Well, our little wood frog seems to have moved to his winter quarters to hibernate away the winter under a rock or in the brush pile or under a thick layer of leaf litter. He’s been a constant resident of our little backyard pond since he came to us a a tadpole in early summer.
He (or she) was a constant presence in our little pond all through the summer. Sometimes he would be hanging in the water with just his nose and eyes above the surface. Occasionally, he would sit on one of the lily pads. Most often he sat on one of the rocks that surround the pond.
I watched him once in a while hoping to see him catch a fly or a gnat with his tongue. But I never did see that. We did, however, several times see him suddenly leap into the air from his place on a rock, catch a flying insect in mid-air, and then splash down into the pond.
Over the course of the summer, he seemed to become accustomed to our presence. Only when we would walk up on him suddenly would he spring in a flash of green from his rock into the center of the pond and disappear into the dark water. But if we approached the pond slowly and without a lot of noise or extraneous motion, he would keep his place on the side of the pond, though I had the sense that he was alert to our presence and ready to make a quick dive if he needed to.
As the summer slid into fall, our little green friend seemed to spend more time in the water and less time on his rocks. Still, any hint of sunshine would always bring him up on the rocks to soak in some warmth.
As October wore on, I went out to the pond regularly to check on my little neighbor. Frost began to come on, starting as a light coating on the grass in the open areas of the lawn. By the time I got my last picture of our little friend, we had already had several hard frosts that required the use of scrappers before we could drive the cars. And still, by mid-day, our froggy neighbor could be see hanging in the water.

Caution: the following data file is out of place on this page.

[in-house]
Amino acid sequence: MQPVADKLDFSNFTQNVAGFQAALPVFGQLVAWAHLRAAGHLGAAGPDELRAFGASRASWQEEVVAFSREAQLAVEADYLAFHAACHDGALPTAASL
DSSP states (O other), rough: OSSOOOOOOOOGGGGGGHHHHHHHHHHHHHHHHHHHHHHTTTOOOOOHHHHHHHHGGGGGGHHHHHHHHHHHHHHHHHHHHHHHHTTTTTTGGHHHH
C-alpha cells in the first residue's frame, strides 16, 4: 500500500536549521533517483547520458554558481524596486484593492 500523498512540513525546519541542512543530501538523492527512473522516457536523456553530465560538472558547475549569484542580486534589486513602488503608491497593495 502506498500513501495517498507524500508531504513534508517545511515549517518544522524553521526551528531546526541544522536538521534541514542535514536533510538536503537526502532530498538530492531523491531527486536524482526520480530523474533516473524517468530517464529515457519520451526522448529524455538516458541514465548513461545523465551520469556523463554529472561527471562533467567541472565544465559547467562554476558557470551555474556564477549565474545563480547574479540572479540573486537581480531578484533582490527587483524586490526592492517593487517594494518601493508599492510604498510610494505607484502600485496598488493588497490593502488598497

In the second week of October, we had our first snow. Down here in the valley, where we live, the accumulation only amounted to about an inch, and by afternoon it was melted away. Up on the hills, there was more, and it lasted through the day. I went out late that day, a bit anxious that this time I would find a little frozen frog’s body floating in the pond. But I found no sign of him. I assumed he had finally gone to cover for the winter. Yet a day or so later, I walked briskly toward the back of the yard, and as I past the pond, I was startled to realize my little neighbor was perched on the rim of the pond liner sitting very upright. Before I could catch myself and slow down, I saw a quick blur of brown-green, and he was gone in a splash into the dark pond.
That was over a week ago. Since then, the nights and the days have gotten chillier and wetter. I haven’t been out to the pond every day, but I haven’t seen him at all since that last splash. I’m pretty sure that he has finally sought out a hidden, sheltered place to wait out the winter. I’ll wait now, with a little anxiety, for those first warm days in early spring, hoping suddenly to find him settled down on a flat rock by the side of the pond, catching some rays and some early bugs.
© 2009 Gary A. Chorpenning